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7 results for "espn classic"

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  1. Rifleman is first to shatter an NBA backboard

    Larry Schwartz

    Chuck Connors, who will gain fame as "The Rifleman" on TV, becomes the first player in the NBA (called the BAA then) to shatter a backboard. The Celtics center does it not with a dunk, but on a two-handed shot in pregame warmups at Boston Arena.

    SpecialFeature | Conversation | October 30, 2001
  2. Back injury forces Bird into retirement

    Larry Schwartz

    Larry Bird is forced to retire because of a bad back. Bird is the only non-center to win three consecutive MVP awards (1984-86). A 10-time All-Star, he led the Celtics to three NBA titles, averaging 24.3 points and 10 rebounds in his 13-year career.

    SpecialFeature | Conversation | August 16, 2001
  3. Cooper first African-American drafted in NBA

    Larry Schwartz

    The Boston Celtics are the first team to draft an African-American when Red Auerbach selects Chuck Cooper, a second-team All-American from Duquesne, in the second round.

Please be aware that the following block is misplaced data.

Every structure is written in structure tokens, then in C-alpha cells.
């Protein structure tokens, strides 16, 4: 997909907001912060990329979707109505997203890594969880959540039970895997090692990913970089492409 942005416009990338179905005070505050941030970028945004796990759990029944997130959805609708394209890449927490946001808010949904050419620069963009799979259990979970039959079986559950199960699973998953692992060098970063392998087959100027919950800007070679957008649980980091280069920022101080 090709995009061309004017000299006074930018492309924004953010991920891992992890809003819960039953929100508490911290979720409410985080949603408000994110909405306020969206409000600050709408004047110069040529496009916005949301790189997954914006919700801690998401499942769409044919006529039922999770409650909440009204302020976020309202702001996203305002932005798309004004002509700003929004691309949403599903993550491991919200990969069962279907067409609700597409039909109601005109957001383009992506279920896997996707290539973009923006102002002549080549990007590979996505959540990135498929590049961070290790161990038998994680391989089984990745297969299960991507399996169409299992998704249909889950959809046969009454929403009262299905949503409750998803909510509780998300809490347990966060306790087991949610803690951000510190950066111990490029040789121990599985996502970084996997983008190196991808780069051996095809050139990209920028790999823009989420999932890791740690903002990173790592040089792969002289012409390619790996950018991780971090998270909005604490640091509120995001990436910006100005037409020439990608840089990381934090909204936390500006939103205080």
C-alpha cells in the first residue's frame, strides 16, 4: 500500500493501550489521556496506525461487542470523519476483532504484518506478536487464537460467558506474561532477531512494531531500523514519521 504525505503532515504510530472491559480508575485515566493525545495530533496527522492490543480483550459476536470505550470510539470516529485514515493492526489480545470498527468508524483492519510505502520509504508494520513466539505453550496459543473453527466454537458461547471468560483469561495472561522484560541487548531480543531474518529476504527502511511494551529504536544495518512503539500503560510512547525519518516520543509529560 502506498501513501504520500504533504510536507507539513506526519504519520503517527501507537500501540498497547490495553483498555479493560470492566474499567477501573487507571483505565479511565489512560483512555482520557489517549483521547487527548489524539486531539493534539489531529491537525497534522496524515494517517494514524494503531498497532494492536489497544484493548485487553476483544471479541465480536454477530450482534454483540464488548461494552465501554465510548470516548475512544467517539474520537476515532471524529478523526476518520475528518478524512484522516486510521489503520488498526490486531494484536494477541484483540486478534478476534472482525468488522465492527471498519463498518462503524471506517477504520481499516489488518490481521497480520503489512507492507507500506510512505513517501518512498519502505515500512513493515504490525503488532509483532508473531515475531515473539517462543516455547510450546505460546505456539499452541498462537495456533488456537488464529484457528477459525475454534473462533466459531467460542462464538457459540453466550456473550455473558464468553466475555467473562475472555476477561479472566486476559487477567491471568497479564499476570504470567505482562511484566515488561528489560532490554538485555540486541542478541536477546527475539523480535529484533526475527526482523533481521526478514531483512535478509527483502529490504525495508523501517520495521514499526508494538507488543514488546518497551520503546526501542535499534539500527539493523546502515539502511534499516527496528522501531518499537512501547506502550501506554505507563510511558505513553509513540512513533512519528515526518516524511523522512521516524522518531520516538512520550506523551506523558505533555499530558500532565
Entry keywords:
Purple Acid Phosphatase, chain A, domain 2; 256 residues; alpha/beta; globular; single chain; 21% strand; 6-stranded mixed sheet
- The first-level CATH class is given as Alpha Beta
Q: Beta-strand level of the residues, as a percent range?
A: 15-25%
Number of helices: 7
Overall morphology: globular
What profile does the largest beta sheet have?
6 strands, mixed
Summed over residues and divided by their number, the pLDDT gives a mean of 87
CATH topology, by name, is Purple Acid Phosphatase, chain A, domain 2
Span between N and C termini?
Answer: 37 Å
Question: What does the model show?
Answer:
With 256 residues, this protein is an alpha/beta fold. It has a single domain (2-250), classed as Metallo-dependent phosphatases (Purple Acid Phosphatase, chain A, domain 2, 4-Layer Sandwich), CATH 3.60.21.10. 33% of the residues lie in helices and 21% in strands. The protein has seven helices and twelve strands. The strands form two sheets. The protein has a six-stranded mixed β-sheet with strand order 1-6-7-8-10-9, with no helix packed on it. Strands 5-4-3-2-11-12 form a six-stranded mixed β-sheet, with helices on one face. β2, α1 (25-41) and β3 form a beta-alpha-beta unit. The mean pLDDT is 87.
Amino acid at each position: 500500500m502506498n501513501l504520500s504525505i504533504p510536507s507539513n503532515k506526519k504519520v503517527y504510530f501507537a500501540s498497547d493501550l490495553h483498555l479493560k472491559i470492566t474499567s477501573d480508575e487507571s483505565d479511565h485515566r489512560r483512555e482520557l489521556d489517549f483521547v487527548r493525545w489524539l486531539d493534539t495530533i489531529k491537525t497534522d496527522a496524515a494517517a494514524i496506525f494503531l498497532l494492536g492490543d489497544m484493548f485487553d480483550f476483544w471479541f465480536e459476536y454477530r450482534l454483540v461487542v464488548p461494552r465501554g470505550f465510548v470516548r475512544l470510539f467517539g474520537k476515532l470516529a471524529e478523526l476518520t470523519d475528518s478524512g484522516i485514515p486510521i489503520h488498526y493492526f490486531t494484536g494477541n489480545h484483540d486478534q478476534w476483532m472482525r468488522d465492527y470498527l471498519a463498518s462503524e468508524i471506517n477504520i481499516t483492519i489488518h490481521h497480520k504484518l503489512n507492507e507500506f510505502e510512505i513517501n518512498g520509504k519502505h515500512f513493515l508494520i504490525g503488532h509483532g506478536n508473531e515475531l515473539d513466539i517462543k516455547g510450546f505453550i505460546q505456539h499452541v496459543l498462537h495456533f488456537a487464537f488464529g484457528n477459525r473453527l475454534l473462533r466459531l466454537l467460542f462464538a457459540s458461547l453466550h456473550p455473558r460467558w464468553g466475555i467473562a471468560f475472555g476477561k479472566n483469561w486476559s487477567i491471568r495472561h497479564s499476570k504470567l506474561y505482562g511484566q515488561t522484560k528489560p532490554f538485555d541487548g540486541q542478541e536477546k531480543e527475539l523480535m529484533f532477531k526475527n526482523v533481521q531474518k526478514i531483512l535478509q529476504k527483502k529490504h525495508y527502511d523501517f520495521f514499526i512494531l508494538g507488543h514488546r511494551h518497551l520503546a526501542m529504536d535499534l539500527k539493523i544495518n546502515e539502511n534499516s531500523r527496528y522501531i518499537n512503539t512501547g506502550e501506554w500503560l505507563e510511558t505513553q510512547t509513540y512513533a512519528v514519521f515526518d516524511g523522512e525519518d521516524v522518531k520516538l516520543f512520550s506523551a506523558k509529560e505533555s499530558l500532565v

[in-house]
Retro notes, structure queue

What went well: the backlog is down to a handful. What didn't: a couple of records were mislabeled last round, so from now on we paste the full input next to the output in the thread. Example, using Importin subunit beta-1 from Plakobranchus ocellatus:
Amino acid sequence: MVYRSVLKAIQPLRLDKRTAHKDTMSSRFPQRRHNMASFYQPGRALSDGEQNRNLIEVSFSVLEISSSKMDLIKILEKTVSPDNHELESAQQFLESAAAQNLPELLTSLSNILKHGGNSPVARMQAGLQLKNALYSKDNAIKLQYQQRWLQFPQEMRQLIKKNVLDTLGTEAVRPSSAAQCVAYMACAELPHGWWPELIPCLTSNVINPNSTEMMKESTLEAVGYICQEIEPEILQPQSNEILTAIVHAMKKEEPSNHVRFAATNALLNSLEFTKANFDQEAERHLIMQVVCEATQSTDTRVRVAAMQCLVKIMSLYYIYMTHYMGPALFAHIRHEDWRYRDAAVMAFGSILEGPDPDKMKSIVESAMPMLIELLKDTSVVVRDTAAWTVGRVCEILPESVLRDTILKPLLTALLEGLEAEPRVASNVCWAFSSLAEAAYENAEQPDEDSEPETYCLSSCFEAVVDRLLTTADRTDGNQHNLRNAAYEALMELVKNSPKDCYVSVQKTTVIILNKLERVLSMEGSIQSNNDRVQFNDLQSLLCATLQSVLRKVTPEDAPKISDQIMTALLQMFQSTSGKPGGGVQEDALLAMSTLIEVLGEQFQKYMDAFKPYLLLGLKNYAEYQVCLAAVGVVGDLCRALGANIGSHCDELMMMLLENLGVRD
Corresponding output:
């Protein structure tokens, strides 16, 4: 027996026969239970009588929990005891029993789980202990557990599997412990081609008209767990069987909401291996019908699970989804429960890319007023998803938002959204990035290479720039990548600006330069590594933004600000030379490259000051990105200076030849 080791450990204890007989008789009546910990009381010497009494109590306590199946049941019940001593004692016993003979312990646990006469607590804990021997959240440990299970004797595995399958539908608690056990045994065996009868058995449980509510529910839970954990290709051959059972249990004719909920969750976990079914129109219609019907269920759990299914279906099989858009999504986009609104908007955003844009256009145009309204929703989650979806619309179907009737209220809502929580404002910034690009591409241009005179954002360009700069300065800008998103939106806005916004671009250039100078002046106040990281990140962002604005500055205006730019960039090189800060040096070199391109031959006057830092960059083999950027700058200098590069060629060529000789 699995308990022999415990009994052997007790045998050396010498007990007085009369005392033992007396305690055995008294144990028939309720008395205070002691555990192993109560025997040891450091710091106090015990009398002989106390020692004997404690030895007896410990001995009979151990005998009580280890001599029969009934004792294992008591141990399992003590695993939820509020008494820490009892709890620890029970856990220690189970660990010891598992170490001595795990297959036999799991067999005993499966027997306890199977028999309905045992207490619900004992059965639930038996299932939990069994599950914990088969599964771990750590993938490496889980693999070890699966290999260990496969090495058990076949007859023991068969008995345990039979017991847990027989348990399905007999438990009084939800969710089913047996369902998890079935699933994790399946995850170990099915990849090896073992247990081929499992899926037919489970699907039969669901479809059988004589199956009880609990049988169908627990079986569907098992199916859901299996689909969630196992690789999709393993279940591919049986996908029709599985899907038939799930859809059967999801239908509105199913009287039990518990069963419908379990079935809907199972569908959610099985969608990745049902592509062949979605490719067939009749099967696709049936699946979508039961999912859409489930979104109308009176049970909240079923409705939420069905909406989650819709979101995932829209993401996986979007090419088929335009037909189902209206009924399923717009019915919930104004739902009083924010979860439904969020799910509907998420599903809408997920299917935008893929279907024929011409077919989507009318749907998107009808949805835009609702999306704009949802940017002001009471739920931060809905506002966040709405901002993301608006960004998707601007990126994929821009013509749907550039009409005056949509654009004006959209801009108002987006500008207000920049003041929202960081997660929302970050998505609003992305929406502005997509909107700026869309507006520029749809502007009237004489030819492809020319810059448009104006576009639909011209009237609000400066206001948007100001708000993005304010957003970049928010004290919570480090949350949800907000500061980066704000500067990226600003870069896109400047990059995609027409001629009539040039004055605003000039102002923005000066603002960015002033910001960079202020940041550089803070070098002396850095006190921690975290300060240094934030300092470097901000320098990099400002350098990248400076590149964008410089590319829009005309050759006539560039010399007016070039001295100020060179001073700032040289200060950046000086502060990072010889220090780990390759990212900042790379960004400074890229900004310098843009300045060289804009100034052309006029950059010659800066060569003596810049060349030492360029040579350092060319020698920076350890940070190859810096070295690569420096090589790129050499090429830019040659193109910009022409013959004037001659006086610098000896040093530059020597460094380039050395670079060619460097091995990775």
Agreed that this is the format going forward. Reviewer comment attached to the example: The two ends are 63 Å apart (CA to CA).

SpecialFeature | Conversation | April 25, 2001
  4. Russell refuses Hall induction

    Larry Schwartz

    Bill Russell is elected to the Basketball Hall of Fame but says he will refuse induction.

    SpecialFeature | Conversation | February 05, 2001
  5. Russell sets NBA rebounding record

    Larry Schwartz

    Bill Russell grabs 51 rebounds, breaking his NBA record of 49, in the Celtics' 124-100 victory over the Syracuse Nationals in Boston. (Wilt Chamberlain will break the record with 55 in November 1960 against the Celtics.)

    SpecialFeature | Conversation | February 03, 2001
  6. Lloyd breaks the NBA color barrier

    Larry Schwartz

    Earl Lloyd breaks the color barrier in the NBA, playing for the Washington Capitals in their season-opening 78-70 loss to Rochester.

    SpecialFeature | Conversation | October 28, 2000
  7. Wilt battled 'loser' label

    Larry Schwartz

    Basketball great Wilt Chamberlain averaged 30.1 points and 22.9 rebounds for his career.

    SpecialFeature | Conversation | August 30, 2000